The Asbury Park Press reported yesterday that the State Supreme Court reversed a jury award of $4.5 million to a farm owner. According to his counsel, the Town took the property to prevent its development. The farmer had been seeking to sell the property for housing development which the Township opposed. The Town thought it would be a good property for the Township to own for recreational expansion. This certainly is not a condemnation for a public purpose. Taking property to stop its development is not a lawful taking. A possible future recreational use is pure bull.
But that’s all past. The property was condemned and his decision involved the “just compensation” the farmer was entitled to.
When the Township acquired title, the Superior Court assigned a Board of Commissioners to determine the fair value. The Board found a value of $3.6 million and the Township appealed the award claiming a value of $2.83 million. That prompted a jury trial which increased the award to $4.5 million.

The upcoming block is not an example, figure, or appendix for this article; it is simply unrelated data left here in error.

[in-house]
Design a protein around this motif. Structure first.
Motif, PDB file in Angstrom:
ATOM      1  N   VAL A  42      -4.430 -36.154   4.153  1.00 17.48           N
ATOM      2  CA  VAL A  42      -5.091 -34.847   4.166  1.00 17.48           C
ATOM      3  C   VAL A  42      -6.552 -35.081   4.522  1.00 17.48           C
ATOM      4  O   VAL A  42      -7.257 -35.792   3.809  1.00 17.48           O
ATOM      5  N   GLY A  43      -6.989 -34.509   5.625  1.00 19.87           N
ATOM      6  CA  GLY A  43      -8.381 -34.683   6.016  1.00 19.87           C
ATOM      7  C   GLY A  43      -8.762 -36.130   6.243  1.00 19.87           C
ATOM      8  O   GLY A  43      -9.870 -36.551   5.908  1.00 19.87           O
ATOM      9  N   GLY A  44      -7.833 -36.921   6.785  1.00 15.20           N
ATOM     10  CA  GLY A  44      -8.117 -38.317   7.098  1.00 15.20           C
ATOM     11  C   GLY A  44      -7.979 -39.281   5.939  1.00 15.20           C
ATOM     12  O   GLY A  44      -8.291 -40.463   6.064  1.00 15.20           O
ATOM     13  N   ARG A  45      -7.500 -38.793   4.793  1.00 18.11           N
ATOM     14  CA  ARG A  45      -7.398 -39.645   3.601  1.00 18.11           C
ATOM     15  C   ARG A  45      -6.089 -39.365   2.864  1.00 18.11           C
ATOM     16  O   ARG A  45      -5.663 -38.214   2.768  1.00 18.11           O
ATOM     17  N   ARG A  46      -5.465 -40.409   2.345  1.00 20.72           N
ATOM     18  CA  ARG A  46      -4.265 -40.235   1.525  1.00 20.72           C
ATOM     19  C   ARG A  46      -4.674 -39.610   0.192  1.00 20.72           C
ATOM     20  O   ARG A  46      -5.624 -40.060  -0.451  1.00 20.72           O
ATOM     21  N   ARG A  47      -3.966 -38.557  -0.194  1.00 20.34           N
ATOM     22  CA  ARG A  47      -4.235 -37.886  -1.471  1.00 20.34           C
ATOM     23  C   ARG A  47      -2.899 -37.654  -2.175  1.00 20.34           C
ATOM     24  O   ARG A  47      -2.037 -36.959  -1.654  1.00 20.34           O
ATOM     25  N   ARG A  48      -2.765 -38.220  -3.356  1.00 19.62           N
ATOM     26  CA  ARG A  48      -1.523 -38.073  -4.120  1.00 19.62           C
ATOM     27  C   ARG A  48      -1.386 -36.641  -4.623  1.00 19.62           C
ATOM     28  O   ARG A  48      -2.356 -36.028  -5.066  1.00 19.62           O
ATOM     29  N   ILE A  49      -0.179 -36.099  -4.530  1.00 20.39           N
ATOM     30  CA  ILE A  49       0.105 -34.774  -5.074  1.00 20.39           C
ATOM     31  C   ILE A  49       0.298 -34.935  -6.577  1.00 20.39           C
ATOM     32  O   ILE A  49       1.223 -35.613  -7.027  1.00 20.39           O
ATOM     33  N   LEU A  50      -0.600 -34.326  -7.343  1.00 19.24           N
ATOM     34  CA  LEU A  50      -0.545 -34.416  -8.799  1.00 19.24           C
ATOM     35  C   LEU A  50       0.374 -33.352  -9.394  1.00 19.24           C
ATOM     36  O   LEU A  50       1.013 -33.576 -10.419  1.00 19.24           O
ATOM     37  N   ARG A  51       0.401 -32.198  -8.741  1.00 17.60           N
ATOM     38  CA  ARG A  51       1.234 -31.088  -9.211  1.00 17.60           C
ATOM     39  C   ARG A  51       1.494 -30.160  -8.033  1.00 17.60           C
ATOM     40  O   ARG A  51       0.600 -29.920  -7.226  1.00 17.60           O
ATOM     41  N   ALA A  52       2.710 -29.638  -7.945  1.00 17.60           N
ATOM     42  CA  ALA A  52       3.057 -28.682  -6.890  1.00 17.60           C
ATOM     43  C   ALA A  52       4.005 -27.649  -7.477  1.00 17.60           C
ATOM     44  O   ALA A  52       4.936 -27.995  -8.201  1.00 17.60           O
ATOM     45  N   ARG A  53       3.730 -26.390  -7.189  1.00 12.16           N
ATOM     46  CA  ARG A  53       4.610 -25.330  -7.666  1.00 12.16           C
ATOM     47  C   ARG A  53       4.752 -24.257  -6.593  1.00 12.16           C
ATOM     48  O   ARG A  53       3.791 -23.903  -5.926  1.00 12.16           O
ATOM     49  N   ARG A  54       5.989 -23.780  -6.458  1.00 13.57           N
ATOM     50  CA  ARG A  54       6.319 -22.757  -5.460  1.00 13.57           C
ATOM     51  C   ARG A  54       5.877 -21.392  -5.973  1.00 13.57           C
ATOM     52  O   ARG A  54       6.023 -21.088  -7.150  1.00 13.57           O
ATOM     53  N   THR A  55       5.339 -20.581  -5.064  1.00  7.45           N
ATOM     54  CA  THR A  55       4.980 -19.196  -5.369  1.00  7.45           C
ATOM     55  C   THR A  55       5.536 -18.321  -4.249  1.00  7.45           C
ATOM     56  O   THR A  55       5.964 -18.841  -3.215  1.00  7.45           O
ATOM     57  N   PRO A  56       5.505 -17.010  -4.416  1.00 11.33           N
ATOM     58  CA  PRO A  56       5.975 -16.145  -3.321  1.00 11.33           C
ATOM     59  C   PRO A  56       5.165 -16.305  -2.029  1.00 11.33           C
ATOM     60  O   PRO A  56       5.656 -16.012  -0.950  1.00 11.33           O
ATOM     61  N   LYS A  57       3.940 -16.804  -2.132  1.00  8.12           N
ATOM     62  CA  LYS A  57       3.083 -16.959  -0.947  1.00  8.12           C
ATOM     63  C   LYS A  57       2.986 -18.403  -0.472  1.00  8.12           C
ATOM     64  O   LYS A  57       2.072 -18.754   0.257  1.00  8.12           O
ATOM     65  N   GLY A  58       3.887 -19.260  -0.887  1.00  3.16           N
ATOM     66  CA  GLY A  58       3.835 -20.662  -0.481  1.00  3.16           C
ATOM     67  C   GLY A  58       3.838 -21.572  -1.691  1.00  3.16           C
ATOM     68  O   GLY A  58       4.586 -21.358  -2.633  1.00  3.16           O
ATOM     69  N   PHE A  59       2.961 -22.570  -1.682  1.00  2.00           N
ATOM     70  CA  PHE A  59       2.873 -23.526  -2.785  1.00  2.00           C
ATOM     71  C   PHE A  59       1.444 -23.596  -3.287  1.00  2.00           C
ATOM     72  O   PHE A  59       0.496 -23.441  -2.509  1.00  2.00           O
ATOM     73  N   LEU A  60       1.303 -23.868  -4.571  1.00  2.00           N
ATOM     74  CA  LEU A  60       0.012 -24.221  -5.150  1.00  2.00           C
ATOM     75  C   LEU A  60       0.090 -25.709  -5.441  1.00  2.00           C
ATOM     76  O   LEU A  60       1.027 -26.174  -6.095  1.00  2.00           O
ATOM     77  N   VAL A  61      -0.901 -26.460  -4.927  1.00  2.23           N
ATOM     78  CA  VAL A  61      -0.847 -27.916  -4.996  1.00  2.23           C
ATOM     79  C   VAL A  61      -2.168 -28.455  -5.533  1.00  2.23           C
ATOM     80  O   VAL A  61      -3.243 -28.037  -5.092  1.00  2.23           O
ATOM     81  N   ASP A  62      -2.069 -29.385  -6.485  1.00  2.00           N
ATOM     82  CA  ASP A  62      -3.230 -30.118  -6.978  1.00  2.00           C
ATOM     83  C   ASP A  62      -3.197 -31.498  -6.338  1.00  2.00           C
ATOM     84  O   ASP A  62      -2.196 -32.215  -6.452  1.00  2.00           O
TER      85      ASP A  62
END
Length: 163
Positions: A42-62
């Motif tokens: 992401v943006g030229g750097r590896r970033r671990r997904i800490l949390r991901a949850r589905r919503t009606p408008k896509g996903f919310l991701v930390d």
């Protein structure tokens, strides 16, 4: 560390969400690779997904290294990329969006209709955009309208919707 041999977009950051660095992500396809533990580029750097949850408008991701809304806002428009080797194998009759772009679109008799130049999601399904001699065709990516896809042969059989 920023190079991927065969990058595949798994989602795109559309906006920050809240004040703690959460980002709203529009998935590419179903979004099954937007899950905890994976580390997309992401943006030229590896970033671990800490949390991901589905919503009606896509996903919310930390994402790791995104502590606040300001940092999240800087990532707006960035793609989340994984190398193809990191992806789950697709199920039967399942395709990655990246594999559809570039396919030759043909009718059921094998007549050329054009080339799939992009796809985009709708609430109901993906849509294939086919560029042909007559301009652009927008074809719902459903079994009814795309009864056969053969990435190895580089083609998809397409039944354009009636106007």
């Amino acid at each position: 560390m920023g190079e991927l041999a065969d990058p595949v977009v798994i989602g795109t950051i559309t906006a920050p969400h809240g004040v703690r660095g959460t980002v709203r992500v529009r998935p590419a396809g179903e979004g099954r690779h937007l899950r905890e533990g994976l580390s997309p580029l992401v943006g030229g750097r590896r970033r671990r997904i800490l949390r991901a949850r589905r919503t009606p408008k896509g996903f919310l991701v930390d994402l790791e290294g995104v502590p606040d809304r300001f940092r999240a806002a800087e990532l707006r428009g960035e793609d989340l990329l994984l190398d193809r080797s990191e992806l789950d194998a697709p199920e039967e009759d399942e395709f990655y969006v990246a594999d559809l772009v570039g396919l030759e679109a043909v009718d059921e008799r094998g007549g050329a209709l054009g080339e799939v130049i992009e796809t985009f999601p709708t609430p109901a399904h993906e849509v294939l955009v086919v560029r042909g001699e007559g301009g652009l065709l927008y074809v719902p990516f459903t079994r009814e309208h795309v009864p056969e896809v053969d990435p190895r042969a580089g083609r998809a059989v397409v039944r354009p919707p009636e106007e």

On appeal, a key issue was the reasonable probability of rezoning. The property currently zoned for residential and “environmental,” whatever that is?
According to Anthony DellaPelle, partner of the remarkable law firm of McKirdy Riskin Olson DellePelle and a fellow member of Owner’s Counsel of America for the State of New Jersey, the owner did not present its appraisal testimony but still got a verdict exceeding the Town’s appraisal. According to Mr. DellaPelle, the Town appealed alleging that the trial judge should not have allowed Claimant to argue or cross examine Town experts on the basis of different highest and best use and because Judge made no preliminary finding that the other use(s) could probably be achieved because variances were required.
So the jury verdict of $4.5 was reversed as a “miscarriage of justice.”